```
elsymRM <-function(b)
{
n=length(b)
g=matrix(0,n+1)
g[1]=1; g[2]=b[1]
if (n>1)
{
for (j in 2:n)
{
for (s in (j+1):2) g[s]=g[s]+g[s-1]*b[j]
}
}
return(g)
}
makeG <-function(b_s)
{
nI=ncol(b_s)
G = array(0,c(nI+1,nI+1,nI))
for (s in 0:nI)
{
for (i in nI:1)
{
G[s+1,1:(i+1),i] = elsymRM(b_s[s+1,1:i])
}
}
return(G)
}
```

It is now straightforward to implement the simulation algorithm itself:

```
sim_IMB <-function(delta, sigma, scoretab)
{
nI = length(delta)
nP = sum(scoretab)
x = matrix(0, nP, nI)
r = sample(0:nI, nP, replace=TRUE, prob=scoretab)
b_r = matrix(0, nI+1, nI)
for (s in 0:nI) b_r[s+1,] = exp(-(delta - s*sigma))
# so far, as in Algorithm A, but now compute the
# matrix of elementary symmetric functions rather
# than the MLE of ability at each sum score
G = makeG(b_r)
for (p in 1:nP)
{
s = r[p]
for (i in nI:1)
{
if (s == 0) break
if (s == i)
{
x[p, 1:i] = 1
break
}
pi_s = (b_r[r[p]+1, i] * G[r[p]+1, s, i-1])/G[r[p]+1, s+1, i]
if (runif(1) <= pi_s)
{
x[p, i] = 1
s = s - 1
}
}
}
return(x)
}
```

Note that both \(\mathbf{b}\) and \(\mathbf{G}\) are pre-calculated outside of the loop over persons. Note further that we break as soon as we know all remaining responses.

Both algorithms are fast enough for practical purposes even though they are in plain R, not your fastest language. Additional speed can be gained by rewriting the critical parts in FORTRAN or C. Algorithm A turns out to be faster, which is worth mentioning because the idea of rejection sampling is inherently associated with some waste.

Note that the plots do not show times for more than a hundred items. Algorithm B depends on computing the elementary symmetric functions, the gentlest monster you have ever encountered, but still a monster in your backyard. We have used the sum-algorithm, which is perfectly reliable for tests of reasonable length, say up to 100 items. In the interaction model the item difficulties can become large quite rapidly such that, for longer tests, it may be compromised by numeric overflow. For example, with \(150\) items and \(x_+\) equal to \(145\):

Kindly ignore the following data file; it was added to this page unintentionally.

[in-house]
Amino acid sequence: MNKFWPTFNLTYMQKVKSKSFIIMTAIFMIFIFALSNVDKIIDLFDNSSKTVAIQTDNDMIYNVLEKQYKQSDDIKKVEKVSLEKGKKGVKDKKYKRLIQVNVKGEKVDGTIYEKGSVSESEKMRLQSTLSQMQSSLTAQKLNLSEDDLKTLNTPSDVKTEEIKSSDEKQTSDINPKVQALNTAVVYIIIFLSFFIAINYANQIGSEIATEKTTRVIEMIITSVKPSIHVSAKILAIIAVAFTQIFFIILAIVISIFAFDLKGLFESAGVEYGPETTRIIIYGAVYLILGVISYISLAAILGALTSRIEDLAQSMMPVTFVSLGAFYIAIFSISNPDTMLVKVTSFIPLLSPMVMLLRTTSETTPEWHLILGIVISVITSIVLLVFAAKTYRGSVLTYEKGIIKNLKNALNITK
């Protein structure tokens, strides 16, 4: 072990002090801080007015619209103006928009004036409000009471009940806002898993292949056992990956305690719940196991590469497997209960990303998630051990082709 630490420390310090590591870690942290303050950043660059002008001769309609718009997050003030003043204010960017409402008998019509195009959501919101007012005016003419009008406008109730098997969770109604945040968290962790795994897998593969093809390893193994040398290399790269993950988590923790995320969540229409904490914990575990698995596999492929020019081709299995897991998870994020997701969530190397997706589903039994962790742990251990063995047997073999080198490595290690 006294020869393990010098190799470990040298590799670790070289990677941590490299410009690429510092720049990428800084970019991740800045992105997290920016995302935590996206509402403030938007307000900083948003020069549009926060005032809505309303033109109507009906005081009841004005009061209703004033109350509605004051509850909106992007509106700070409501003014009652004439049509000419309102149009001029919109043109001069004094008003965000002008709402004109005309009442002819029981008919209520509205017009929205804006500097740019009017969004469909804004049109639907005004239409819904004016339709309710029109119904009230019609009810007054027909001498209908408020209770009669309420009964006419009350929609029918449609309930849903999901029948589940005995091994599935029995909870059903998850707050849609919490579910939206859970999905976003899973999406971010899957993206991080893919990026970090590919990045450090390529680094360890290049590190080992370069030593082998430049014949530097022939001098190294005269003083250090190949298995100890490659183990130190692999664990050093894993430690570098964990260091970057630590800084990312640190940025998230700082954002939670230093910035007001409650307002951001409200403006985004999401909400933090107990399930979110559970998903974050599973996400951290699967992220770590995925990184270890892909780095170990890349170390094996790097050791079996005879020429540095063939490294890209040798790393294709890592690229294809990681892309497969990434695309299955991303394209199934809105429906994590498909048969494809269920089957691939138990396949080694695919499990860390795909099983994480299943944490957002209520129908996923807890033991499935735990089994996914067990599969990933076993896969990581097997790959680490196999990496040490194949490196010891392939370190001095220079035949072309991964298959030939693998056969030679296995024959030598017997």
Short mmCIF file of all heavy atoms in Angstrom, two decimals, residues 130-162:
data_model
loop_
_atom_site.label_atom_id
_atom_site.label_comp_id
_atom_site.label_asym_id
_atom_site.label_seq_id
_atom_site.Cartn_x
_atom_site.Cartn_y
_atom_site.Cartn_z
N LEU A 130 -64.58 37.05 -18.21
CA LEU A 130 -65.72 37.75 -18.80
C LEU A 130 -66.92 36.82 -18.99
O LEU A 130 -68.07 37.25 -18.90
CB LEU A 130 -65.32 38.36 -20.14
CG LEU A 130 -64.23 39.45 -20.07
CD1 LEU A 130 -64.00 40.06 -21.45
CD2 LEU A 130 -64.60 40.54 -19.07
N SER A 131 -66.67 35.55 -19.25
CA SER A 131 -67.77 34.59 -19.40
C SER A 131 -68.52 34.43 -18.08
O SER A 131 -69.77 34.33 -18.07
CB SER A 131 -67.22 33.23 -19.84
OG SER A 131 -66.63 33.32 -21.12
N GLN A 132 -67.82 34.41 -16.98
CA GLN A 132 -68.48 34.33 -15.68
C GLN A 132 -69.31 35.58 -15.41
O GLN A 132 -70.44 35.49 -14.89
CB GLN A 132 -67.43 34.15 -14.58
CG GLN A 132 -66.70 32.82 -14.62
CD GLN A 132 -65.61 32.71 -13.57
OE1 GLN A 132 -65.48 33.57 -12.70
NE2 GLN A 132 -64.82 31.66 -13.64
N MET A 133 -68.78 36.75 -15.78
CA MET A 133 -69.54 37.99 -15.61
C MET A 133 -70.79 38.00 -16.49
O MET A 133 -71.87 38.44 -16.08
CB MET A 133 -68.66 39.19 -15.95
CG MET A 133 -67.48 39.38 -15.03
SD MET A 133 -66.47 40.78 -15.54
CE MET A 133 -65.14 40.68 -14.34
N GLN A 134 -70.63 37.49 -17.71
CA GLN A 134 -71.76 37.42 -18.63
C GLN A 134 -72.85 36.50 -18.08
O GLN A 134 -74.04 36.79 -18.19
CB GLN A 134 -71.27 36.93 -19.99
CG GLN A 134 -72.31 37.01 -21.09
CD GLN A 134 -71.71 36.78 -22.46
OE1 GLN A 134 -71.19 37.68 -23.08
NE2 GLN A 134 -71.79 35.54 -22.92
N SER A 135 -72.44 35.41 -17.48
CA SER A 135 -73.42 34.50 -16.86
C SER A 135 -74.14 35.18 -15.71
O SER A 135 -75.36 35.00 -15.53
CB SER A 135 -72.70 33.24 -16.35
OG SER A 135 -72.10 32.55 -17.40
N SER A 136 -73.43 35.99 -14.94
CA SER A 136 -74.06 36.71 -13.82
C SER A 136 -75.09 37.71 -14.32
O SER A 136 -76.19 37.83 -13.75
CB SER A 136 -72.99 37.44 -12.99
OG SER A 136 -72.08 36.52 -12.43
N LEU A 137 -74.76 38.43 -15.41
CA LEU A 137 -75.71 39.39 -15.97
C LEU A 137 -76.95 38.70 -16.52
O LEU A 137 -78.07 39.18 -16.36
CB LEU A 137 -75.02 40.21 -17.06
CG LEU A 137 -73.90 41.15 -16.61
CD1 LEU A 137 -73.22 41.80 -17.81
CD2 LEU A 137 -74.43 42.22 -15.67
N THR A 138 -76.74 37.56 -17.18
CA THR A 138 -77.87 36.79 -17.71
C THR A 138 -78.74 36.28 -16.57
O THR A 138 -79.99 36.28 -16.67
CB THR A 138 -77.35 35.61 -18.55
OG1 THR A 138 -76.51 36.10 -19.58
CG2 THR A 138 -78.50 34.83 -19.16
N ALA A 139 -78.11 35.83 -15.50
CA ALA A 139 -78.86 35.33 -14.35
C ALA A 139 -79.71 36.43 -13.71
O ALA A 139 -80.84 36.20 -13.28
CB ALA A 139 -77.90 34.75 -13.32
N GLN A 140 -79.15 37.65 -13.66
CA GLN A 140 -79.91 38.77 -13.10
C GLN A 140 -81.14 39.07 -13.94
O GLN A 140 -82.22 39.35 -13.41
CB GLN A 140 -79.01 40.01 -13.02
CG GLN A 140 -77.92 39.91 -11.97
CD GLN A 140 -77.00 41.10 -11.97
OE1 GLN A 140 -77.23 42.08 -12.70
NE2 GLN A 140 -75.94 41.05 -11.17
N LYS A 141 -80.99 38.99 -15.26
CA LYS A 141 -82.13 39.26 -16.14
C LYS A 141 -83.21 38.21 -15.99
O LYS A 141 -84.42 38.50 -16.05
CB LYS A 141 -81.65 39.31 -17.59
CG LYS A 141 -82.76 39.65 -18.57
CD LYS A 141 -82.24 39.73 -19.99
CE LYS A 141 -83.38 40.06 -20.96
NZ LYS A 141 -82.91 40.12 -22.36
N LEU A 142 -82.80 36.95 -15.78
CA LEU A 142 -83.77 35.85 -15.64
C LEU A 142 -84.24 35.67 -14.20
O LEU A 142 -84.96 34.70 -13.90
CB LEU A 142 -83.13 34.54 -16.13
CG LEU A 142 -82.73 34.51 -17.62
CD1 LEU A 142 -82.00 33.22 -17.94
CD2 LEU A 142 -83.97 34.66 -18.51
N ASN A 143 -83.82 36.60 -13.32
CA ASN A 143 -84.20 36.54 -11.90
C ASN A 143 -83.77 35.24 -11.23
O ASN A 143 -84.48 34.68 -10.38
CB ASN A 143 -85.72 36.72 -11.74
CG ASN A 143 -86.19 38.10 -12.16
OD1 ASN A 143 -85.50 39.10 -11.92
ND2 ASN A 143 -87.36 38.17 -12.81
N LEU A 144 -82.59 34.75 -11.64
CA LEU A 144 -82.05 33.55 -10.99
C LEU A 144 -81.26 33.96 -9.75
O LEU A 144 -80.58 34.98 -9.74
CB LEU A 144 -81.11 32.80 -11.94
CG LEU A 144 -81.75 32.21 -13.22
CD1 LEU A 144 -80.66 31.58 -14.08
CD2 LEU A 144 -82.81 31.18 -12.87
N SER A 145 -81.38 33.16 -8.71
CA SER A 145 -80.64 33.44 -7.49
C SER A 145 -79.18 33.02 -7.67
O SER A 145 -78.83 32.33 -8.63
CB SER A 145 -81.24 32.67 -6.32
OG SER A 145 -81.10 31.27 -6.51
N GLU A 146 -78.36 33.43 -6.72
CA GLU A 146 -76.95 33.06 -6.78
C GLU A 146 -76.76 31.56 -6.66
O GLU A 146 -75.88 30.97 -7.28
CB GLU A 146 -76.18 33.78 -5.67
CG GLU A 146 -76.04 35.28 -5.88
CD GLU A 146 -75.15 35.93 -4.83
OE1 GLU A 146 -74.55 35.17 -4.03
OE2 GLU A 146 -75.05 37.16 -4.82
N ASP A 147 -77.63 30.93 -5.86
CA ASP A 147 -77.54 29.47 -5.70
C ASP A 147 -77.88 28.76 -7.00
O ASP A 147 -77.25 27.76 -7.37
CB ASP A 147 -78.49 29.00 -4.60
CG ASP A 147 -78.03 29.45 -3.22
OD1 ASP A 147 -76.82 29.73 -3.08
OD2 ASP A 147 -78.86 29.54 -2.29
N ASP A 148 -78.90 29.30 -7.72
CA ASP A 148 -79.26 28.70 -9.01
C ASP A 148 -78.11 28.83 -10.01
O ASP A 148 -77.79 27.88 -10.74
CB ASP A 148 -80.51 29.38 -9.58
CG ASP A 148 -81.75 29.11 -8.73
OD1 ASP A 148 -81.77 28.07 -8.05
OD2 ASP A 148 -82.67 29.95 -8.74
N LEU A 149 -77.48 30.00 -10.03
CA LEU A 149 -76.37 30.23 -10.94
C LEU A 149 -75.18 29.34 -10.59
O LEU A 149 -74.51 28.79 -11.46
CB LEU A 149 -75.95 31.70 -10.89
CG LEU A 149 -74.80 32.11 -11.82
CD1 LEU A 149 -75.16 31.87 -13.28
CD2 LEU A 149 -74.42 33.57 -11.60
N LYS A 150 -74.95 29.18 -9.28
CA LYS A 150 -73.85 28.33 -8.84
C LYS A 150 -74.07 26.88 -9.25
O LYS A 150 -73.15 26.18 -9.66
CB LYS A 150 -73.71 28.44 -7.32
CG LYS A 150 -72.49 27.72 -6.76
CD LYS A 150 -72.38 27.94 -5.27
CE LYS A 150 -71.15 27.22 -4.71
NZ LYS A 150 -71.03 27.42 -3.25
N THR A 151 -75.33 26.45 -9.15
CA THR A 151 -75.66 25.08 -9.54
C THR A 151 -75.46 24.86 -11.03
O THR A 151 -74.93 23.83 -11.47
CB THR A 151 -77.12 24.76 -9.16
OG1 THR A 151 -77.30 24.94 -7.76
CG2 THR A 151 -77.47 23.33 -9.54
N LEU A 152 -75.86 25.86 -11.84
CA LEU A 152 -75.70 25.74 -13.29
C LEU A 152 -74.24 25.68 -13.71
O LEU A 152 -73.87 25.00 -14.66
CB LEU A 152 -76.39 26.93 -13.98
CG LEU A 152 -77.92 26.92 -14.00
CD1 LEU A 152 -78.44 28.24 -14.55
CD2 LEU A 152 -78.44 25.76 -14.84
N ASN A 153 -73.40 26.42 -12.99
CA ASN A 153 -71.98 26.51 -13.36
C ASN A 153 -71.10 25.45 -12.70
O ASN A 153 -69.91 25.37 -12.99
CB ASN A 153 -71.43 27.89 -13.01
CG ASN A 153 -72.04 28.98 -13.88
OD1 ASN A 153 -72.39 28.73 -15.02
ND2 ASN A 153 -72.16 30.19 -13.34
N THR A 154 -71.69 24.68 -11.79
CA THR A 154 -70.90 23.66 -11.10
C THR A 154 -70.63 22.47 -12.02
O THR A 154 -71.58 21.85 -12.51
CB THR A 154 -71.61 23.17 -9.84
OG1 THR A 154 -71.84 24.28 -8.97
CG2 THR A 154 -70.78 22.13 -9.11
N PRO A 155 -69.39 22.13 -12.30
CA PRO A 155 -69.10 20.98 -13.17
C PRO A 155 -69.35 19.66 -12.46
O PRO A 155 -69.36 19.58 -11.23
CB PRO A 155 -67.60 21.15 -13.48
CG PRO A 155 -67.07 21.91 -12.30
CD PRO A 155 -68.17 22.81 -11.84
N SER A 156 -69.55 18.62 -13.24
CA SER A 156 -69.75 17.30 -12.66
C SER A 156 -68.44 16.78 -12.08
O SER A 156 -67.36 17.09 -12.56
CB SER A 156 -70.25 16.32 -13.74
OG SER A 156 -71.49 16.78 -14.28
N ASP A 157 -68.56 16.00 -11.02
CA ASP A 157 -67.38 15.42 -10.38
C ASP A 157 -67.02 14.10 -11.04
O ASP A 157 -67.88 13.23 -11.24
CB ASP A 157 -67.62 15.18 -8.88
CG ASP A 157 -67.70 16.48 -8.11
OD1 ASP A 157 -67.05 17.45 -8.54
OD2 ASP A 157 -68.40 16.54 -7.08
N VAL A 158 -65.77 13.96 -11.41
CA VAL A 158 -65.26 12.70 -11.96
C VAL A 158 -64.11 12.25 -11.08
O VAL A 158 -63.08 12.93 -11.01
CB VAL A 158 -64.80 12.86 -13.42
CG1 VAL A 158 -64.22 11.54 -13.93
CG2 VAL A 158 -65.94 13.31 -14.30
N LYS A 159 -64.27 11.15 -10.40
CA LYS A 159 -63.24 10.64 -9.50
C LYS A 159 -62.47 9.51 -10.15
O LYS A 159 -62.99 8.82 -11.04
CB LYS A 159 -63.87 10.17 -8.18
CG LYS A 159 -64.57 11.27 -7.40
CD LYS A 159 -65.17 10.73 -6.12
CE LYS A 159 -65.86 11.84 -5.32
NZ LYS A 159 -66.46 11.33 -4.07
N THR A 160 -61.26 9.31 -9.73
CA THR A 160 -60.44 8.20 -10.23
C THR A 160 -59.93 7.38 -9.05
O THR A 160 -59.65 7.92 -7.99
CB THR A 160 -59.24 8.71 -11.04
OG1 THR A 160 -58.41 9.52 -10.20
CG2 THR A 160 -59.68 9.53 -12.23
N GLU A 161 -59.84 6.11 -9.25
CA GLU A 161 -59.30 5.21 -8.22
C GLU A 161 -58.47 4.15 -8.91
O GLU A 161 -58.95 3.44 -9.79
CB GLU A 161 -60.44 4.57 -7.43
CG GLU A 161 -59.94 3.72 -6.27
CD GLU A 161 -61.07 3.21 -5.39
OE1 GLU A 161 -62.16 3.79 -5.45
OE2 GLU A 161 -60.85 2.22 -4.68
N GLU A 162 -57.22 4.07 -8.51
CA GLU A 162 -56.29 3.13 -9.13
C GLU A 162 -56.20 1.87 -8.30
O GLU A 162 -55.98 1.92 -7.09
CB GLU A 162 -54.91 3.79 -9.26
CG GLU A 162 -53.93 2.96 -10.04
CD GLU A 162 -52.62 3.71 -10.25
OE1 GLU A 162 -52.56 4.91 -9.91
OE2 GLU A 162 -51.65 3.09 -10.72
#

```
delta = runif(150,-0.5,1.5)
sigma = runif(150,-0.5,0.5)
s = 145
b_r = exp(-(delta-s*sigma))
esf = elsymRM(b_r)
max(esf)
```

`## [1] Inf`

The ESF are indispensable when dealing with test data and
psychometric models, they are ubiquitous in **dexter**, but
programming them for production purposes requires extra care. Our second
author has developed a special FORTRAN library for dealing with very
large numbers, somewhat similar to R package Brobdingnag (Hankin (2007)) but better and, as it happens
much too often with this author, unpublished. We will revisit the
problem in the future.

Dexter has, since the writing of this blog, acquired a function
`r_score_IM()`